“For content that is covered by intellectual property rights, like photos and videos (IP content), you specifically give us the following permission, subject to your privacy and application settings: you grant us a non-exclusive, transferable, sub-licensable, royalty-free, worldwide license to use any IP content that you post on or in connection with Facebook (IP License). This IP License ends when you delete your IP content or your account unless your content has been shared with others, and they have not deleted it.” ~ Facebook
In a nutshell, anything you do on Facebook, doesn’t belong to you, it belongs to Facebook. Your social web presence isn’t really yours afterall.
Years back, there were a ton of free build-it-yourself ecommerce web solutions floating around — they provided all of the back-end shopping cart programming — they provided all of the web store templates — they did it all — all you had to do was load your stuff. I watched as people poured into these things and built their stores. They poured a lot of hard work and effort into their “free” ecommerce solution, only to see all of their hard work go away as one by one, these free internet ecommerce solution sites folded. All of their hard work went right down the tubes — gone forever. A total waste of time and effort. They would have been better off if they would have done it the right way — building their own ecommerce solution on their own domain. The people that built their own, on their own platform, are still in business today, reaping the benefits of all of their hard work.
MSN Groups was another instance that for some reason, just out of the blue — went away. Whole communities were lost. Instead of people going out and building their own forums, they chose to go with MSN — all of their hard work went away as a result of Microsoft closing the doors. MSN Groups are gone, and so is all of the efforts of all of those that thought they had it going on while using the free platform.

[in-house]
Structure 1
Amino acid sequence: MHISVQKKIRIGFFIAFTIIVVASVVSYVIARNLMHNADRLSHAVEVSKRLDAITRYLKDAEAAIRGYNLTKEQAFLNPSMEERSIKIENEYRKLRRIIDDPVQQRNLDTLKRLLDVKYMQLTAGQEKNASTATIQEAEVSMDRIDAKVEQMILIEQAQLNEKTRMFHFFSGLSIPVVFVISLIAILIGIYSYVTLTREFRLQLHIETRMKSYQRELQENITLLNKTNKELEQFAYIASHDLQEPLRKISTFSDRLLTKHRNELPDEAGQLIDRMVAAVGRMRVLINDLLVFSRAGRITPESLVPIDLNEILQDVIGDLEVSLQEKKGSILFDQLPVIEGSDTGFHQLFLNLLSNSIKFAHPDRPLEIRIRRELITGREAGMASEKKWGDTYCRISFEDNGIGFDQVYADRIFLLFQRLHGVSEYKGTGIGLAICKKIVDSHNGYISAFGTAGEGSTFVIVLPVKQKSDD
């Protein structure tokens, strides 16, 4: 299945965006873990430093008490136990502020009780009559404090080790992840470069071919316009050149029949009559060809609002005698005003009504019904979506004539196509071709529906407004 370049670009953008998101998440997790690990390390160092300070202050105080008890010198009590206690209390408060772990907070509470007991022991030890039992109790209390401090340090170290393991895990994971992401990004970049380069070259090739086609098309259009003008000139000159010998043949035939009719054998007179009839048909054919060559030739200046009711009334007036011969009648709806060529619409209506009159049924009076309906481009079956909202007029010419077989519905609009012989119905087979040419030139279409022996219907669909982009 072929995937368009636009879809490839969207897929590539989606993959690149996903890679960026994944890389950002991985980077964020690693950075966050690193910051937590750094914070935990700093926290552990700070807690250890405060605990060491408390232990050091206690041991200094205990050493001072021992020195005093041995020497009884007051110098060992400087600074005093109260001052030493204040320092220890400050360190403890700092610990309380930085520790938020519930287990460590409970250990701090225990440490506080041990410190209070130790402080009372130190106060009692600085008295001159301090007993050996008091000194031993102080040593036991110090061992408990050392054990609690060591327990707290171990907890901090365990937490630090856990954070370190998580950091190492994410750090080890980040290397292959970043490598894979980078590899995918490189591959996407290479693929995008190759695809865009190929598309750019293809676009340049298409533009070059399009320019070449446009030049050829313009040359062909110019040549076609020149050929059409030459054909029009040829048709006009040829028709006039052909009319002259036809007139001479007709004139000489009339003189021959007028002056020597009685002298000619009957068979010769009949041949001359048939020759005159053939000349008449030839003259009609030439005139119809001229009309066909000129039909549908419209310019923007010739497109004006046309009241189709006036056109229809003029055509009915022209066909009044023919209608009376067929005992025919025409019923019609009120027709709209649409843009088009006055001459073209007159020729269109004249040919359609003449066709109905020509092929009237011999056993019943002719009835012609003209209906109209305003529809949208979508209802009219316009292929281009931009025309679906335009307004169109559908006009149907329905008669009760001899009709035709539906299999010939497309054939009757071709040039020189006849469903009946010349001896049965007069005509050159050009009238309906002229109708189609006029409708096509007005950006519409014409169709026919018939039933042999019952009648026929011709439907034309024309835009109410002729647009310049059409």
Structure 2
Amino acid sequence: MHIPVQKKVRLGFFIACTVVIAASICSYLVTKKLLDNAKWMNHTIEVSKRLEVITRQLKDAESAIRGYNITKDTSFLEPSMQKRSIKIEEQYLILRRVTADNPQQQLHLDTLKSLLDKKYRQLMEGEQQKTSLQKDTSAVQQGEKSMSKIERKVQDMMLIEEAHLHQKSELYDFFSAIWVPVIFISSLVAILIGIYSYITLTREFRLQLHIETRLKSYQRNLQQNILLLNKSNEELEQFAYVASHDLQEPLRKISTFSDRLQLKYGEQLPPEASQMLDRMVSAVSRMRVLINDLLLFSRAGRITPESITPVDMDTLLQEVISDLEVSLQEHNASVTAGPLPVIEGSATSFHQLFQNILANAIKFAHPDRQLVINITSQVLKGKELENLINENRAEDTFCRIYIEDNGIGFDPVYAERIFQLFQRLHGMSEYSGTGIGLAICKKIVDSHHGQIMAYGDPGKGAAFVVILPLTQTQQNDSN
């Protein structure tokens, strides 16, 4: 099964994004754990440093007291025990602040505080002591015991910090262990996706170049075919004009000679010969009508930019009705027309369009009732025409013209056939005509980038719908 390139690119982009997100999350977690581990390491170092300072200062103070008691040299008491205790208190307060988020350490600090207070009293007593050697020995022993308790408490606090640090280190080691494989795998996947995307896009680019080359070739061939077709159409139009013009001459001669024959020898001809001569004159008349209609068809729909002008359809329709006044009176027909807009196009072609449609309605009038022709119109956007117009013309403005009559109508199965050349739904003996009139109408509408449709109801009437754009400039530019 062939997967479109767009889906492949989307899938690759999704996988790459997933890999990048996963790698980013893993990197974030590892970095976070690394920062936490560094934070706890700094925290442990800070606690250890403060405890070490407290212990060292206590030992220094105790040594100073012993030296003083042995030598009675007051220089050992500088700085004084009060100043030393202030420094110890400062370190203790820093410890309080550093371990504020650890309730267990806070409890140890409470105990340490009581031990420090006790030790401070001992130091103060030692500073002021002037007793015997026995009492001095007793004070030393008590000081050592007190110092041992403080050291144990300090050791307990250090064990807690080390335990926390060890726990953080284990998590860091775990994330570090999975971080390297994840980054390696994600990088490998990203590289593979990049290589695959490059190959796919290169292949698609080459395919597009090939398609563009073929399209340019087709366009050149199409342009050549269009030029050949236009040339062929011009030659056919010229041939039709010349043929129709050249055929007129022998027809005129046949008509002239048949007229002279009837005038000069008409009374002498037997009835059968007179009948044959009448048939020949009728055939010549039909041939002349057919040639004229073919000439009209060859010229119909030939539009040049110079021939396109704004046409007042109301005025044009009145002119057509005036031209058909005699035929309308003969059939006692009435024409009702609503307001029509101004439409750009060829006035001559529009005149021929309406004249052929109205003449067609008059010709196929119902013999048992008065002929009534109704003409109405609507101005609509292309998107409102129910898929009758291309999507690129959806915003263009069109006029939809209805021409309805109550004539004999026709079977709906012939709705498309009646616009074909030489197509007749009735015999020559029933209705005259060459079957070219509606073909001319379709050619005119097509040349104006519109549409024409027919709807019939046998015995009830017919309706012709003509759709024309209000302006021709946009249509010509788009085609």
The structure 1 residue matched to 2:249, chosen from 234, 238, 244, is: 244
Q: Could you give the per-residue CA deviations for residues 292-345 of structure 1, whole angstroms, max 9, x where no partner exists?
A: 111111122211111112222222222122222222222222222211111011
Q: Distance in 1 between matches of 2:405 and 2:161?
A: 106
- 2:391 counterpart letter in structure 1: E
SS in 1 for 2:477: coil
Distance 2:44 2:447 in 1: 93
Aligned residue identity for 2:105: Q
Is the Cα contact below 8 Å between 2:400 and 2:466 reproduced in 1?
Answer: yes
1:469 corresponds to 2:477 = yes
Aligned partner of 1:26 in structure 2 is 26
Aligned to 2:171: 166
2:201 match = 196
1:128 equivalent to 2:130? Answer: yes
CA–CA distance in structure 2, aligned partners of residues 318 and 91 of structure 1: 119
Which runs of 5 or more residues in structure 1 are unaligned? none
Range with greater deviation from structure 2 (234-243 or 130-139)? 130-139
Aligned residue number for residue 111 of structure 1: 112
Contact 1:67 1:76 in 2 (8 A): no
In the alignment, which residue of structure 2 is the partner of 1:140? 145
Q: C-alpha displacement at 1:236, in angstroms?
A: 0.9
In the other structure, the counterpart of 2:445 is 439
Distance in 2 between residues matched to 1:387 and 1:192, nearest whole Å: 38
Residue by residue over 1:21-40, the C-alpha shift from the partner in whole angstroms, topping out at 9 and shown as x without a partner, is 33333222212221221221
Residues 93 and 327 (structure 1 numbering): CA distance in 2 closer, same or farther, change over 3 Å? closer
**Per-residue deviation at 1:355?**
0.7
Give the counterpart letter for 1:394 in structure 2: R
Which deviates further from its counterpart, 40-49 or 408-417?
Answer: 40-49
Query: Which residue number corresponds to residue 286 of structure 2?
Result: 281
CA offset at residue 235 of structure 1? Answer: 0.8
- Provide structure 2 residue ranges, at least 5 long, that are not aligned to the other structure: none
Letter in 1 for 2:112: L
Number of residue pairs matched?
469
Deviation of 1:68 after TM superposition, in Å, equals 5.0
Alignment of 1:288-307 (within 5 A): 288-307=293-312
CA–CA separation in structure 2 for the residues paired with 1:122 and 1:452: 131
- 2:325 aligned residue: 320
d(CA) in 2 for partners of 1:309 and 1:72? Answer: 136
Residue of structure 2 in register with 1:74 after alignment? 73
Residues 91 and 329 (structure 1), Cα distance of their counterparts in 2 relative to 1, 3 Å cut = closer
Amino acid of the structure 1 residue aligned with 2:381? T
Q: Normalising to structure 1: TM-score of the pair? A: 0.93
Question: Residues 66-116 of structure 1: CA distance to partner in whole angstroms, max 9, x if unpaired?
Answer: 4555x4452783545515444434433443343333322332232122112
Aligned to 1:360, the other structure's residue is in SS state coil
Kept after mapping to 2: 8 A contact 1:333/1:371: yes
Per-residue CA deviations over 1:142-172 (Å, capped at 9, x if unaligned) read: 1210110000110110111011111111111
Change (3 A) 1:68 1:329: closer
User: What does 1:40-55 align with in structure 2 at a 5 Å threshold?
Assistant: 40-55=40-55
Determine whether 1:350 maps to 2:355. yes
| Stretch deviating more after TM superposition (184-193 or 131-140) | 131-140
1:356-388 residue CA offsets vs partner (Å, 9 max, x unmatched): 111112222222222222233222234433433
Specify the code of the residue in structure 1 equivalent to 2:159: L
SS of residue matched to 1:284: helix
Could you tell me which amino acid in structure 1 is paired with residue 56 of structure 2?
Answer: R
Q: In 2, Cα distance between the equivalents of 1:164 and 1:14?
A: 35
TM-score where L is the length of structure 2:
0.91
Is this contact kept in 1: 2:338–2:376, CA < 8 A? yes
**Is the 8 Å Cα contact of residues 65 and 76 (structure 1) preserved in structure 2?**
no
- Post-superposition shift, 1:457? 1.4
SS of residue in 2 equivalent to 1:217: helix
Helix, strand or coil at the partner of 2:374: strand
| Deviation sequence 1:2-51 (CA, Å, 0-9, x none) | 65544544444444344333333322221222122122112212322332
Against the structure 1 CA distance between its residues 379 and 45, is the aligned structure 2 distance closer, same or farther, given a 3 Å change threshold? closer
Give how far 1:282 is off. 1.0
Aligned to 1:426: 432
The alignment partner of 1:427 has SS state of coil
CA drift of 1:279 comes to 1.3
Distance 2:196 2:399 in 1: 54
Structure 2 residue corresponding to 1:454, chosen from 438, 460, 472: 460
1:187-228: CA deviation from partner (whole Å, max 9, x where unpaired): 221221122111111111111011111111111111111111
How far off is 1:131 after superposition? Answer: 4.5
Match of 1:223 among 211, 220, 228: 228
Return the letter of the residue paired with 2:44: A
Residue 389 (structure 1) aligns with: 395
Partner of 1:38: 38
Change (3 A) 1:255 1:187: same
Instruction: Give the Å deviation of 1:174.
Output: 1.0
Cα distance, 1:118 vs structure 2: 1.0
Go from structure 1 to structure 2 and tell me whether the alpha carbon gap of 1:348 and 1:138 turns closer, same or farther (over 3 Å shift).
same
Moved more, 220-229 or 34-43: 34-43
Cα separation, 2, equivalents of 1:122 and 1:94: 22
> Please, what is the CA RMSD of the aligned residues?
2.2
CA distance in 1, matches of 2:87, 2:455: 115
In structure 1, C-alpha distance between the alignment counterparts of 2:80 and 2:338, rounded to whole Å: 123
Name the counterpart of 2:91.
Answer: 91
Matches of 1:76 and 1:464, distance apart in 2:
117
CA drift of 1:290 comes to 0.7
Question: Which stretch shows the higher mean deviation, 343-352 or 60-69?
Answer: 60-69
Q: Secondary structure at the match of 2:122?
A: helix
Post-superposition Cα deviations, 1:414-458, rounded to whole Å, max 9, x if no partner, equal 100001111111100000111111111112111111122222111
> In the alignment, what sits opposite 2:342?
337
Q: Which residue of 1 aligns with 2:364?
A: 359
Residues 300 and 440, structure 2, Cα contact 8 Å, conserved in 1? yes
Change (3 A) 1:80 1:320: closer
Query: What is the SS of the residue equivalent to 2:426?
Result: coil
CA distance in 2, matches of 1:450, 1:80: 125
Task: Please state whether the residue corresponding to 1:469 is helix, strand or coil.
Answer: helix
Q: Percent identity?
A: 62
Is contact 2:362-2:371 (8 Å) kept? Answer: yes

If you are serious about establishing a solid and authoritative internet web presence, don’t start out on social media — do it on your own. Use your own registered domain. Only upon after establishing your internet web presence on your own domain, should you be wandering out into the social web to market your wares, your talents, your abilities.
Those of us that have been around a while have seen it all before. One social site platform is the same as the other, and the other, and the other. They all, for reasons unknown and certainly beyond your control, can and do shut without notice. And if notice is given, getting all of your data back can prove to be somewhat of a nightmare. When a social site shuts down, nobody wins — the biggest losers are the ones that tried to build their entire web presence on the social site platform.
From where we sit, Facebook and Google+ aren’t any different than MSN Groups. The day is going to come when these too will close their doors. And when they do, where are you going to be?
Your social initiatives are extremely important — but building your business on a platform (domain) that you own is even more important than that.
You should never use a social site as the primary hub for your business. By making your business website the center of all your online marketing activities, you can use as many external marketing entities that you want, as long as it all leads back to your “own” website.